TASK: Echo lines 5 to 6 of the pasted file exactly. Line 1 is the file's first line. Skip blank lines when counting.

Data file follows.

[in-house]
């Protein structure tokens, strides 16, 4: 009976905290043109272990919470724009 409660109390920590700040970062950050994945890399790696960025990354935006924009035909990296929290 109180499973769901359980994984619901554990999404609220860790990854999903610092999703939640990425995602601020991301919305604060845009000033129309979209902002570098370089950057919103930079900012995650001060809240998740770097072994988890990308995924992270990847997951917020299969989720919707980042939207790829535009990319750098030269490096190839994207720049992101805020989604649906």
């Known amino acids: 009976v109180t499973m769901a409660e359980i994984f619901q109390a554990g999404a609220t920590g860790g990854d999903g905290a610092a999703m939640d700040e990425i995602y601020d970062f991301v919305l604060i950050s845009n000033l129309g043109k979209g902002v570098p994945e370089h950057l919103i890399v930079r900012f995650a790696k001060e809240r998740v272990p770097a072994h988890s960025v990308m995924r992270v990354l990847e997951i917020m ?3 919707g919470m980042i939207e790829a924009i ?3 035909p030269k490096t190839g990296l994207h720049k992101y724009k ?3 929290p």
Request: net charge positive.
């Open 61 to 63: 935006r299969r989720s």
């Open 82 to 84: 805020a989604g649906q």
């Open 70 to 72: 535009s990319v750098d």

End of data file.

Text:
């Open 61 to 63: 935006r299969r989720s």
């Open 82 to 84: 805020a989604g649906q």